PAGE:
Saturday, 29 May 2010
On the 26th of November, 1493, Theophrastus Bombast von Hohenheim (now known as Paracelsus) was born in the little village of Maria-Einsiedeln near Zurich. His father was a physician, his mother the matron of a hospital, and Theophrastus was their only child. After learning the rudiments of medicine, surgery and alchemy from his father, he entered the University of Basle at the age of sixteen. Then he became the pupil of the celebrated Trithemius and later gained some practical experience in alchemy in the laboratory of Sigismund Fugger.
When Paracelsus was twenty years old he set out on his search for "supreme Wisdom," which took him through every country in Europe and finally led him to Tartary. During those years he made the acquaintance of a great Initiate who instructed him in the secret doctrines of the East. Afterward he went to India, and he may have visited the Mahatmas in Tibet. He returned to Europe in his thirty-second year and became professor of medicine and surgery in the University of Basle, where his fearless condemnation of the medical practices then in vogue aroused the hatred and jealousy of his colleagues. As the result of their persecution Paracelsus resigned his position and again took up a wandering life. Eventually he settled in Salzburg at the invitation of the Prince Palatine, and there he died on the 24th of September, 1541, in his forty-eighth year. The house in which he lived (Linzer Strasse 365, opposite the Church of St. Andrew) may still be seen, and in the graveyard of St. Sebastian will be found a broken pyramid of white marble with a Latin inscription stating that the body of Paracelsus lies beneath. But there is an old tradition that the real Paracelsus did not die at that time, but is still living with other Adepts in a certain spot in Asia, from which place he continues to influence the minds of all who study and promulgate his teachings. A suggestive hint appears in an article published by Mr. Judge in The Path for April, 1887:
Paracelsus was one of the greatest Masters ever known upon the earth. In rank he may be compared with Hermes Thrice-Master. It is considered by some students to be likely that at this period (1887) He who was once known as Paracelsus is in a body whose astral(1) meets with others in Asia.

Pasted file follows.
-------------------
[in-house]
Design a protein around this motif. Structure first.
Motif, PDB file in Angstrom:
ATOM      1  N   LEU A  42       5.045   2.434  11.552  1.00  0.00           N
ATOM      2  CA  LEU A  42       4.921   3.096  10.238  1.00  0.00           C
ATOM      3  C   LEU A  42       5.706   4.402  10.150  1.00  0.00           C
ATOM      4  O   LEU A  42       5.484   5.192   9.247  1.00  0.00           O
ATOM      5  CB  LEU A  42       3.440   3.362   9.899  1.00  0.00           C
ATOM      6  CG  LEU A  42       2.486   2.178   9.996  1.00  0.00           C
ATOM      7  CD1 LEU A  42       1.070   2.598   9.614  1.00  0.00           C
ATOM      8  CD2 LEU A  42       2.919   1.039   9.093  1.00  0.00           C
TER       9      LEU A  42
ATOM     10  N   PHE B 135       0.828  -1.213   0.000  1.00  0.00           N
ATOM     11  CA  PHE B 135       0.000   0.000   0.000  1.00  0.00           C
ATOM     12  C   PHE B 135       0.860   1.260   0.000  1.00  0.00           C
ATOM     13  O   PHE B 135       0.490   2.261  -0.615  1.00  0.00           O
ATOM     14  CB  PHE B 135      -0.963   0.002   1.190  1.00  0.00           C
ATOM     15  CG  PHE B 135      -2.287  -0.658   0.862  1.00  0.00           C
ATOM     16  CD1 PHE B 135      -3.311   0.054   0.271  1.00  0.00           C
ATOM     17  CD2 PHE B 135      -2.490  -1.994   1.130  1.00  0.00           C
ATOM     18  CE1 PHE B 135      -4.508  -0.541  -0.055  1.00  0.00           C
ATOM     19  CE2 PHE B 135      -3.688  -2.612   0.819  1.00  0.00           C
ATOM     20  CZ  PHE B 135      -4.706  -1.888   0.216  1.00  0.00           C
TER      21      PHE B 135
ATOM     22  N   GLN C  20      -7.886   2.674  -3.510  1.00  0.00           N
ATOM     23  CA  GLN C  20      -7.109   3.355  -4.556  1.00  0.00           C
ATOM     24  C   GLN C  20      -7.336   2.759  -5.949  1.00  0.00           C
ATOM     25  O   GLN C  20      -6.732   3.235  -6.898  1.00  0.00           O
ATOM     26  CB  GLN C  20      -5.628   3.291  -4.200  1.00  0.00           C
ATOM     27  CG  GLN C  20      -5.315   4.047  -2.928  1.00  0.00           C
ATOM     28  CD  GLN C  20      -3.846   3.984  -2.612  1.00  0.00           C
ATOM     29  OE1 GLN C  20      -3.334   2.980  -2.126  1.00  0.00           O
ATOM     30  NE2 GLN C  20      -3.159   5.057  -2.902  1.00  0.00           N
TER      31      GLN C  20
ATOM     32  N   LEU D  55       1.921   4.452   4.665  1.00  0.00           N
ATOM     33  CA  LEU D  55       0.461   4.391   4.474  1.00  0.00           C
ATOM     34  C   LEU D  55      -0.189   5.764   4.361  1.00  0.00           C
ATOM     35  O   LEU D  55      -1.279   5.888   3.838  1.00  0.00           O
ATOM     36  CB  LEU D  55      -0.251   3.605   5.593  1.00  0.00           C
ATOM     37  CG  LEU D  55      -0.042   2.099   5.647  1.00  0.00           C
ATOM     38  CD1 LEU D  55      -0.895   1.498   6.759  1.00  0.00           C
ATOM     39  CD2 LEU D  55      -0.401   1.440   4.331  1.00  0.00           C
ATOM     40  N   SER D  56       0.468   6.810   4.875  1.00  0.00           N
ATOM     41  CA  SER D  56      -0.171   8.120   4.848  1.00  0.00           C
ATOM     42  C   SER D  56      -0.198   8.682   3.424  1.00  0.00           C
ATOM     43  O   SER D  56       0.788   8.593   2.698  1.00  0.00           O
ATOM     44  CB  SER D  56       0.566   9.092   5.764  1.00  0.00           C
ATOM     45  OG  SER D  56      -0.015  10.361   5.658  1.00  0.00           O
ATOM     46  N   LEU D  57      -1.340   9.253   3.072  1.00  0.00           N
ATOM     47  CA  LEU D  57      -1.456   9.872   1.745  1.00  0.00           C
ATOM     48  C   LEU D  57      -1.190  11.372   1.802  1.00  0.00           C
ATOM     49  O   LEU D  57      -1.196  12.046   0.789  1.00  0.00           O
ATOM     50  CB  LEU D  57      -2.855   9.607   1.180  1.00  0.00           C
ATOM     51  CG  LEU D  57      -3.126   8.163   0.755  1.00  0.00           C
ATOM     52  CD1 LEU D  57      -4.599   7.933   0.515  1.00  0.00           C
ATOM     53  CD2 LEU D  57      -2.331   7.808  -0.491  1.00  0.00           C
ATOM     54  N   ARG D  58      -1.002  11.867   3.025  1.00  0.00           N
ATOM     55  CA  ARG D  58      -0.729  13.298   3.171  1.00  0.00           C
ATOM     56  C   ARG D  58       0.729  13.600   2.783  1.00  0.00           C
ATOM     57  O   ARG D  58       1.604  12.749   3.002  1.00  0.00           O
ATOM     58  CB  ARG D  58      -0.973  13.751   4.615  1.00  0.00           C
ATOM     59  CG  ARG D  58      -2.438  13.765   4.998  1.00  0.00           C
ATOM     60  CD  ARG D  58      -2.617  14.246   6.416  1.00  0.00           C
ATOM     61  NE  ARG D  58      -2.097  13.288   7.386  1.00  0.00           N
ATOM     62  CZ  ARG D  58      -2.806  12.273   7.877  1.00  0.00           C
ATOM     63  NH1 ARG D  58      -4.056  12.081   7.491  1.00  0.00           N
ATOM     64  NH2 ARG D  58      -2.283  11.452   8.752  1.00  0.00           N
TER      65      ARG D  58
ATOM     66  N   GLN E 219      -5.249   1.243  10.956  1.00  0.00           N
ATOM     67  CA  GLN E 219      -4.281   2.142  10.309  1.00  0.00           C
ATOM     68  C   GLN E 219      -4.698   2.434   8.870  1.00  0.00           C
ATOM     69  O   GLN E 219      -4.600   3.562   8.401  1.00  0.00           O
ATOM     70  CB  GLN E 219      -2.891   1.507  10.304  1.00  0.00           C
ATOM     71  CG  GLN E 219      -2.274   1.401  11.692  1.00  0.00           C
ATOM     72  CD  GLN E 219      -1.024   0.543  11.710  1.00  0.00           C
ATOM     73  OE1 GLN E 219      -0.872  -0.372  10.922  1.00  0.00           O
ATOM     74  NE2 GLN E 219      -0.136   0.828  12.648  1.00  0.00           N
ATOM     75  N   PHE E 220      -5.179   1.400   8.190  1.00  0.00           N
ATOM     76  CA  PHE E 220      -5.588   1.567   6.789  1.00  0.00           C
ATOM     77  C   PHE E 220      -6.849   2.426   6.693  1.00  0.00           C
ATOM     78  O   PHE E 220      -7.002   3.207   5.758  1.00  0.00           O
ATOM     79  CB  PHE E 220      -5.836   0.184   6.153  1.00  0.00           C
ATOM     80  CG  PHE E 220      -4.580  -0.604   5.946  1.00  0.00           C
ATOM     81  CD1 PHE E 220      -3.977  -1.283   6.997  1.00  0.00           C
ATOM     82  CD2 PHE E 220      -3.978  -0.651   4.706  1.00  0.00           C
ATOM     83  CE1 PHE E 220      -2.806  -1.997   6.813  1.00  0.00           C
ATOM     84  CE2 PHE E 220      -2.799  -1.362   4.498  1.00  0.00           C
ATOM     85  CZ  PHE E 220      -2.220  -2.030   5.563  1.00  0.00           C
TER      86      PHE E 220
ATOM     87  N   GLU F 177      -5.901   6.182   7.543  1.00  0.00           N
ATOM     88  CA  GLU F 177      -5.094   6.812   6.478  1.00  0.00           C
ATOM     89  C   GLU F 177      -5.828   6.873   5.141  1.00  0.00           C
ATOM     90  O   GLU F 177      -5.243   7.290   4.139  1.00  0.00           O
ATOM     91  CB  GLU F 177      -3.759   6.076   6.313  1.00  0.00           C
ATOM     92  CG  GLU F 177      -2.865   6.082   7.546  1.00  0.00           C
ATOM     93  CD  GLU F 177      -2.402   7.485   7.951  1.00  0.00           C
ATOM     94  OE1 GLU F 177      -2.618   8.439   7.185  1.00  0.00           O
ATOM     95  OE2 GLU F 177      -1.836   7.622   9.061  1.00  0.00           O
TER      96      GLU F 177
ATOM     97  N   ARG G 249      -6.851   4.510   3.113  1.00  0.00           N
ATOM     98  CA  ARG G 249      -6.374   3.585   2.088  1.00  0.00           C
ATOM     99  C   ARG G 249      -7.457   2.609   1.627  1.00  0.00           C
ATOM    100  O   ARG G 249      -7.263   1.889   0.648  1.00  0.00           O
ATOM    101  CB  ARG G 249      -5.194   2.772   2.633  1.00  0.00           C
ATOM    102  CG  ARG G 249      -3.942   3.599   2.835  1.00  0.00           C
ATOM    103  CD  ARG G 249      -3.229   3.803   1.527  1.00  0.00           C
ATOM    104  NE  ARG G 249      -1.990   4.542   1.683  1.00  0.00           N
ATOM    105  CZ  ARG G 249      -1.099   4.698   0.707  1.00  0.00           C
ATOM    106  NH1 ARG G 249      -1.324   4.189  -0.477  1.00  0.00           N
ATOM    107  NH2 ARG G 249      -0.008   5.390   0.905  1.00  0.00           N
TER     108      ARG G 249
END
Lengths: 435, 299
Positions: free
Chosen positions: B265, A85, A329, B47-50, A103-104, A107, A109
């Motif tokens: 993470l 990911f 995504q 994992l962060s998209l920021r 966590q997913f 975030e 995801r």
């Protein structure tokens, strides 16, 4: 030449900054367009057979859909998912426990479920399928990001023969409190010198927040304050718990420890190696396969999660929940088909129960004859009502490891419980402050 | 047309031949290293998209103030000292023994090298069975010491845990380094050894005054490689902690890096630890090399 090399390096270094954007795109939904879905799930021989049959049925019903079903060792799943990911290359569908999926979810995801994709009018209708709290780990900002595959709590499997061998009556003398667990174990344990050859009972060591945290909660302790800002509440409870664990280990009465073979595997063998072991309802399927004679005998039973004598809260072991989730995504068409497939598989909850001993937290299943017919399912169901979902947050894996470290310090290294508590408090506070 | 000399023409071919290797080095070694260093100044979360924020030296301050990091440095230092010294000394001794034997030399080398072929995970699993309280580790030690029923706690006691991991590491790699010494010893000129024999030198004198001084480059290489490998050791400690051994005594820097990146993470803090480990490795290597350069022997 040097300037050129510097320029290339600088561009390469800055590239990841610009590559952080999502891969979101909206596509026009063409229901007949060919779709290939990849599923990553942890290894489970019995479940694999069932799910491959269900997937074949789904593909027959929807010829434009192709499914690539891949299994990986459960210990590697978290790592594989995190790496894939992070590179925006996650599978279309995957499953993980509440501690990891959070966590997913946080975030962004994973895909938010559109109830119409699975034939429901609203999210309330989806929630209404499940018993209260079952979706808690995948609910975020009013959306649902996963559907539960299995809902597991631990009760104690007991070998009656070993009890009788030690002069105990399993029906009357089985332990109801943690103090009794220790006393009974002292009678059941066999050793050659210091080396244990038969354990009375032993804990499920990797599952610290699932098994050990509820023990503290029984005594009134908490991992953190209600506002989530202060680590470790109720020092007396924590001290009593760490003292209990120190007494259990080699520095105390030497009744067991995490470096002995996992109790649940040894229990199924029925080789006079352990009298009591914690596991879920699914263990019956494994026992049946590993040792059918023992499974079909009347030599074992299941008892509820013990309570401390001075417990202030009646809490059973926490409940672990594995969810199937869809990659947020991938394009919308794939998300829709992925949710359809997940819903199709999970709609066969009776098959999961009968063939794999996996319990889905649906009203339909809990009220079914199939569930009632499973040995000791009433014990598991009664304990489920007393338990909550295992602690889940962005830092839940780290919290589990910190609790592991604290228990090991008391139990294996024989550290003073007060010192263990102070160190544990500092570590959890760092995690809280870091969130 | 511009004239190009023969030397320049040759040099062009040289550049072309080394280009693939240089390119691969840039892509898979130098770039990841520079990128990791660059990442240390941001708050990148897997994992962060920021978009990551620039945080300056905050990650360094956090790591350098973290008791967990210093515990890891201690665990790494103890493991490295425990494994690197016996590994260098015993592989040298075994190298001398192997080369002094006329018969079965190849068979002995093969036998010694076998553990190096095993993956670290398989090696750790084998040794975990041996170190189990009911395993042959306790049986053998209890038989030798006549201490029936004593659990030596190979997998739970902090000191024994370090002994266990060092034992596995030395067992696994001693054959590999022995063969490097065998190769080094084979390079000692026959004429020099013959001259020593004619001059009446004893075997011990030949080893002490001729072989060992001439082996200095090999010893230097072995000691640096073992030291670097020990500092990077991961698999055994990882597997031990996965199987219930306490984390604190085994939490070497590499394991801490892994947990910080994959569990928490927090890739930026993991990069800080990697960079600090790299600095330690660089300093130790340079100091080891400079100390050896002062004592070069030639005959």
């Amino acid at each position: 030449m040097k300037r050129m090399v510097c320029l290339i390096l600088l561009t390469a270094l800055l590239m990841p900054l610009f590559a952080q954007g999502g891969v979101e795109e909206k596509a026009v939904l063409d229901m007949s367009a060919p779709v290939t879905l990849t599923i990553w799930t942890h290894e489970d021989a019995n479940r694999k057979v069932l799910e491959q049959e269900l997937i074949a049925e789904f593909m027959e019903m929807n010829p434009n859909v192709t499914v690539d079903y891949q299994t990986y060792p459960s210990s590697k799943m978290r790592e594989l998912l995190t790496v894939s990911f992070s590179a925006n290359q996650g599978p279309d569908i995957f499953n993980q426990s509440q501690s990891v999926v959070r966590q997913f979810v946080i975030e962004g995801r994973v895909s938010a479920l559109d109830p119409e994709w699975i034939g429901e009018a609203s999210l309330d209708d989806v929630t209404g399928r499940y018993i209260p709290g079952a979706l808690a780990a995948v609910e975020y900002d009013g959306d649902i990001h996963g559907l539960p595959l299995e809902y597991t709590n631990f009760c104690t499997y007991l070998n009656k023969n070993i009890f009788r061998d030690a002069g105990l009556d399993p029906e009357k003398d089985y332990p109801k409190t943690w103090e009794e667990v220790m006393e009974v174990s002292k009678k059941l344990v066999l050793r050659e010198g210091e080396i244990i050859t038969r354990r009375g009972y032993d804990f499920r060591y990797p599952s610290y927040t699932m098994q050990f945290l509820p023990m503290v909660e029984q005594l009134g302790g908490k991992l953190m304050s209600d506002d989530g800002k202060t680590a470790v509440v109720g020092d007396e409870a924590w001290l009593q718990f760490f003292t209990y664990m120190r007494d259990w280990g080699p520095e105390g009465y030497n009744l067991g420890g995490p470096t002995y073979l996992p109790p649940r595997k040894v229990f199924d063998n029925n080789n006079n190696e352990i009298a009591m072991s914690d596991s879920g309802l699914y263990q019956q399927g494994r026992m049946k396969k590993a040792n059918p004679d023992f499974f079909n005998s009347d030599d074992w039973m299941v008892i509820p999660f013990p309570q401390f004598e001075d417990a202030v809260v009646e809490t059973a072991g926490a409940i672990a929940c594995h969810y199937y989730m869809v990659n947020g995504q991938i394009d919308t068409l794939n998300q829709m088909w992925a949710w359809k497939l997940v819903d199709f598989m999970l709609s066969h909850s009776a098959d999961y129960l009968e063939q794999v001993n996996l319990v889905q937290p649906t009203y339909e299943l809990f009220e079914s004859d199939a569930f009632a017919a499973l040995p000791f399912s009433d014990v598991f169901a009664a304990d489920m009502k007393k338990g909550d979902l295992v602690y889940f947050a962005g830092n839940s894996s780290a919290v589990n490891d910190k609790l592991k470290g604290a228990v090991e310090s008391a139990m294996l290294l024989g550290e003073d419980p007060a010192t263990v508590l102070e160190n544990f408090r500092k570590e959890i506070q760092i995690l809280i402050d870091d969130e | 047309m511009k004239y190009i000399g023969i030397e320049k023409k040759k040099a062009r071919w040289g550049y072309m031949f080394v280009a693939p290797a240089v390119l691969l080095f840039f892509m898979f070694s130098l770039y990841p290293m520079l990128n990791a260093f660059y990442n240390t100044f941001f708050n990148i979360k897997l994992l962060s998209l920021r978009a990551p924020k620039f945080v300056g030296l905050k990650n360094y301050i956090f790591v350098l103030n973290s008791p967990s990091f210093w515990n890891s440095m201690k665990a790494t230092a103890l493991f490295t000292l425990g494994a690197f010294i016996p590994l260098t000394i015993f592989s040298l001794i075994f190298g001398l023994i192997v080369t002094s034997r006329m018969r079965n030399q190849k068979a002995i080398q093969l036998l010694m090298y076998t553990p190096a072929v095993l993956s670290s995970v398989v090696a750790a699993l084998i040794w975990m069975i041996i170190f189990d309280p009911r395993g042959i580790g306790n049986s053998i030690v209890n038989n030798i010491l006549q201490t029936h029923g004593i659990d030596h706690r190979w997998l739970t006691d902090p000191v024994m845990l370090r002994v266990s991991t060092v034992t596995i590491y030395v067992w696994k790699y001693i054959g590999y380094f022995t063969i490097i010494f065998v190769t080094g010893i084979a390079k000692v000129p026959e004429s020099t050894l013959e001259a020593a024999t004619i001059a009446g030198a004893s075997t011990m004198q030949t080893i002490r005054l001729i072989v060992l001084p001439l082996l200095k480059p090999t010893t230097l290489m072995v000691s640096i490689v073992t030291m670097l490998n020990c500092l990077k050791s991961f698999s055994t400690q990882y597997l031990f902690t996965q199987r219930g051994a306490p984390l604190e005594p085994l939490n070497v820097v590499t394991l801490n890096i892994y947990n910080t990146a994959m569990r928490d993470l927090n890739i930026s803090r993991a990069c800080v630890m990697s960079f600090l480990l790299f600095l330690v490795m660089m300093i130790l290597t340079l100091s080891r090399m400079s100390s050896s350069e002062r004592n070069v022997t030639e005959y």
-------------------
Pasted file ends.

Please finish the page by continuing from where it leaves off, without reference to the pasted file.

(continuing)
The enemies of Paracelsus censured him for his nomadic life, which he explained by saying:
"We must seek for knowledge where we may expect to find it. He who wants to study the book of Nature must wander with his feet over the leaves. Every part of the world represents a page in this book, and all the pages together form the Book that contains her great revelations."
...Paracelsus stressed the underlying Unity of Nature as a whole as well as the inter-relationship and interdependence of all its parts.
"Nature, being the Universe, is ONE, and its origin can only be the one eternal Unity. It is an organism in which all things harmonize and sympathize with each other. It is the Macrocosm. Man is the Microcosm. And the Macrocosm and Microcosm are ONE." (Philosophia ad Athenienses.)
This unity of man and Nature makes man the focal point through which the three worlds of Nature -- the physical, astral and spiritual -- manifest themselves. These three "worlds" are made up of a vast quantity of "beings" or "lives." Some of the "lives" are intelligent, others unintelligent, and it is man's duty to understand their nature. The ignorant man may be controlled by the lower lives. But the true philosopher has learned how to control them by the power of the Supreme Creator within himself.
Man's first task, therefore, is to know himself. He must become acquainted with the complexities of his own nature, but, in pursuing this study, he must never for a moment separate himself from Great Nature, of which he is a copy and a part. "Try to understand yourselves in the light of Nature," he advised his students, "and then all wisdom will come to you."
....The second principle, called Prana or Jiva in modern Theosophy, is described by Paracelsus as the Archaeus or Liquor Vitae:
De Generatio Hominis
"The whole of the Microcosm is potentially contained in the Liquor Vitae, in which is contained the nature, quality and essence of beings."
". . . a man must above all be in possession of that faculty which is called Intuition, and which cannot be acquired by blindly following the footsteps of another. He must be able to see his own way. What others may teach you may assist you in your search for knowledge, but you should be able to think for yourself, and not cling to the coat-tail of any authority, no matter how big-sounding the title of the latter may be." (De Modo Pharmacandi.)
....The whole purpose of life, according to Paracelsus, is to realize one's inherent Godhood. There is no God, no saint and no power in which we can place any confidence for the purpose of our salvation, except the power of divine Wisdom within ourselves. Only when man realizes the presence of God within himself will he begin his infinite life, and step from the realm of evanescent illusions into that of permanent truth. This realization can be attained in only one way -- by the abandonment of the personal self.
"Only when the illusion of "self" has disappeared from my heart and mind, and my consciousness arisen to that state in which there will be no "I," then will not I be the doer of works, but the spirit of wisdom will perform its wonders through my instrumentality." (Philosophia Occulta.)